A Chester man who needs special treatment has welcomed news that plasma donation has restarted England.
NHS Blood and Transplant is today (July 21) launching a campaign for plasma donors. Plasma donation only restarted this year after a gap of more than 20 years and few people know what plasma donation is. An NHSBT survey shows only 23% of the public know about it. (1)
Joe Keary from Chester City centre has received intravenous immunoglobulin all his life due to a lifethreatening immune disorder.
The 20-year-old, who is studying economics at the University of Chester, has Common Variable Immune Disorder, which means he lacks the normal antibodies to fight off infections.
Without medication, he’s a constant risk of serious infections.
To reduce the risks, Joe is treated with an infusion every three weeks at the Royal Liverpool Hospital. The antibodies in the donor plasma help him fight off bacteria and viruses.
Joe was diagnosed with CVID as a baby, a disorder with an unknown cause which is believed to have a genetic basis.
He has developed complications as he has got older, including a build up of mucus in his lungs, a chronic bacterial infection, and a low red blood cell count.
Despite these complications causing regular breathlessness and coughing fits, Joe leads as active as life as possible – he’s the hooker for his university rugby team and will next year be club captain.
Joe said: “I was constantly getting infections as a baby, and I was back and forth to hospitals including Great Ormond Street, so I was diagnosed really young.
“I can miss a lot of things, such as lectures at university – I might have a coughing fit tor two hours but I try to live as normal a life as possible. I played rugby at academy level and I will be club captain of the uni team next year.
“I hope people will now donate here.”
There was a ban on using plasma from UK donors for these medicines from 1998 to February 2021, as a vCJD safety precaution. The independent experts of the MHRA concluded it could safely be restarted. (2)
Donated plasma is made into antibody medicines known as immunoglobulins, which are used to save the lives of people with immune disorders. Around 17,000 people a year receive these medicines.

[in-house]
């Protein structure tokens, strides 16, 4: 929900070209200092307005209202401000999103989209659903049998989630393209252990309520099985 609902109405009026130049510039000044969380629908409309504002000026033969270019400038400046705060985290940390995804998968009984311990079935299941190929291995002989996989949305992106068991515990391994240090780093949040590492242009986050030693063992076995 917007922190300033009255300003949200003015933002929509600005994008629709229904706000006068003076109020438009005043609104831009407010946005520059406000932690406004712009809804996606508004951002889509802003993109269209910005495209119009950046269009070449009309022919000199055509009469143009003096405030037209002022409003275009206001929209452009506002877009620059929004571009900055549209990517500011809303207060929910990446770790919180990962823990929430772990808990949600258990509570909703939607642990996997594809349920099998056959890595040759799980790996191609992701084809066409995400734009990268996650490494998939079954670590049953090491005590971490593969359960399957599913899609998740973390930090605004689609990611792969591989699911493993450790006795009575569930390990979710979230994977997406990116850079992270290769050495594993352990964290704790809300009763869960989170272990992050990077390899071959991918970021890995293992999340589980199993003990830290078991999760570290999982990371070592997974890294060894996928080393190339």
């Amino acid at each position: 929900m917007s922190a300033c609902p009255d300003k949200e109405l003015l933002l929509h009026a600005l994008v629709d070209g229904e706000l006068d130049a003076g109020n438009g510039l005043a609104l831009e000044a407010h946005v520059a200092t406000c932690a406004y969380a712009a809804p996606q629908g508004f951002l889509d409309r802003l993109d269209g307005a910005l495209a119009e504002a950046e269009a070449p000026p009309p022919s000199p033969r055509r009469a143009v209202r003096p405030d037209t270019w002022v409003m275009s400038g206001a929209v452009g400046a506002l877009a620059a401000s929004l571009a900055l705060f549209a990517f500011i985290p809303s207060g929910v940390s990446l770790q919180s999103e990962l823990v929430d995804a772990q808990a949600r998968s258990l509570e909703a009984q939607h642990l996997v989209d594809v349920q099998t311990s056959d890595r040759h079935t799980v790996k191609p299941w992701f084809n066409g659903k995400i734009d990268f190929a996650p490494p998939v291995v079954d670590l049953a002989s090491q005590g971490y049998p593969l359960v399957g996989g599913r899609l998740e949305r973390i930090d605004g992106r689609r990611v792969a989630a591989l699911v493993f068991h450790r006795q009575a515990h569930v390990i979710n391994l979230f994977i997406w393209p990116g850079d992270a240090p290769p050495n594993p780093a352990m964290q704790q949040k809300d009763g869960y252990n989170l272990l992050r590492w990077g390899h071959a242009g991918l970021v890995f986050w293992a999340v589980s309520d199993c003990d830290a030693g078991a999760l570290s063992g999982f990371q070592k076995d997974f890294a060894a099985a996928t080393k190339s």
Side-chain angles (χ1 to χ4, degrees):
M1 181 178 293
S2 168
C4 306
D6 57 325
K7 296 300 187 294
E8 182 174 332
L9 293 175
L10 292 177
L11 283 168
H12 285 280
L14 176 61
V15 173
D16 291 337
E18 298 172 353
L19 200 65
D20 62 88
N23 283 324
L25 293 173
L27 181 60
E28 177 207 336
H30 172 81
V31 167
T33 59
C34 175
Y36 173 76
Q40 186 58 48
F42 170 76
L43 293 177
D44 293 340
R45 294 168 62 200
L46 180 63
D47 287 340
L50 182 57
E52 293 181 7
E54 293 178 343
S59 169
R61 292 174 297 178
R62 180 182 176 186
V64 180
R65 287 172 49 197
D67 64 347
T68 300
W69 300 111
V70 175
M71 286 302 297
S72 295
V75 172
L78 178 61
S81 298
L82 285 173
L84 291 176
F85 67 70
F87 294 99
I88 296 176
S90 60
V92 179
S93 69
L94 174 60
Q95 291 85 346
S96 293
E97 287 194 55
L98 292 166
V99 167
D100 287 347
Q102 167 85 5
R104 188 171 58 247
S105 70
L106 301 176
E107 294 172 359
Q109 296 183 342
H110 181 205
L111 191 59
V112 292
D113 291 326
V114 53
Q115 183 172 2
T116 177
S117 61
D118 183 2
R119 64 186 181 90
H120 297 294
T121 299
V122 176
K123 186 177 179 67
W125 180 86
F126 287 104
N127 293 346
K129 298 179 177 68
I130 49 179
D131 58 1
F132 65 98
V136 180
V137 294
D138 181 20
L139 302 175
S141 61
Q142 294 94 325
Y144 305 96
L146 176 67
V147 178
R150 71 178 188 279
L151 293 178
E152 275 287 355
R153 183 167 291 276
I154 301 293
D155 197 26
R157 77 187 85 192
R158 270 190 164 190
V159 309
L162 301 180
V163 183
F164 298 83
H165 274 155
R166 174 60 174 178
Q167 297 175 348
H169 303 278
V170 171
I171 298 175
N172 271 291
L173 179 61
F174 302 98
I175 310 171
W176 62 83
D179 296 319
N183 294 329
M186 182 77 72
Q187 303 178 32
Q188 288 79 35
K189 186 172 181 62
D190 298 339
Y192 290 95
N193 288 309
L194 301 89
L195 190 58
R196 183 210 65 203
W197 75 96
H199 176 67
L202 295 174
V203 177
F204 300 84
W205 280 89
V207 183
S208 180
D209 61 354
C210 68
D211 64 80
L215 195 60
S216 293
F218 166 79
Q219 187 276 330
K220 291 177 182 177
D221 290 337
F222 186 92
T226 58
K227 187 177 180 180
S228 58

People can support the campaign by sharing the news with friends and family who live near the 11 new plasma donor centres. (3) The nearest donor centre to Chester is in Manchester though the network may expand in future years.
An NHS Blood and Transplant spokesperson said: “We thank Joe for supporting this campaign and we hope more people will come to understand the lifesaving power of plasma donation.”
(1) Awareness of Plasma for Medicine stands at 23% among the 16+ population in England. NHSBT Survey respondents May 2021 (2192 people).
(2) There are plasma donor centres in Barnsley, Birmingham, Bolton, Bristol, Croydon, Chelmsford, Manchester, Reading Stratford, Stockton, Twickenham.
(3) They are mainly used to treat immunodeficiencies (for example, when people lack antibodies to fight infections) and neurological disorders (for example, when the body’s immune system is attacking itself). Currently the NHS depends entirely on imports of blood plasma from other countries – mainly the US – to manufacture immunoglobulins. Donation to NHSBT will bolster long term NHS supplies. The plasma being donated to NHSBT now will reach hospitals from 2022 onwards, following a manufacturing process to turn it into a medicine.
NHS Blood and Transplant is a joint England and Wales Special Health Authority. We provide the blood donation service for England and the organ donation service for the UK. We also provide donated tissues, stem cells and cord blood. We are an essential part of the NHS, saving and improving lives through public donation.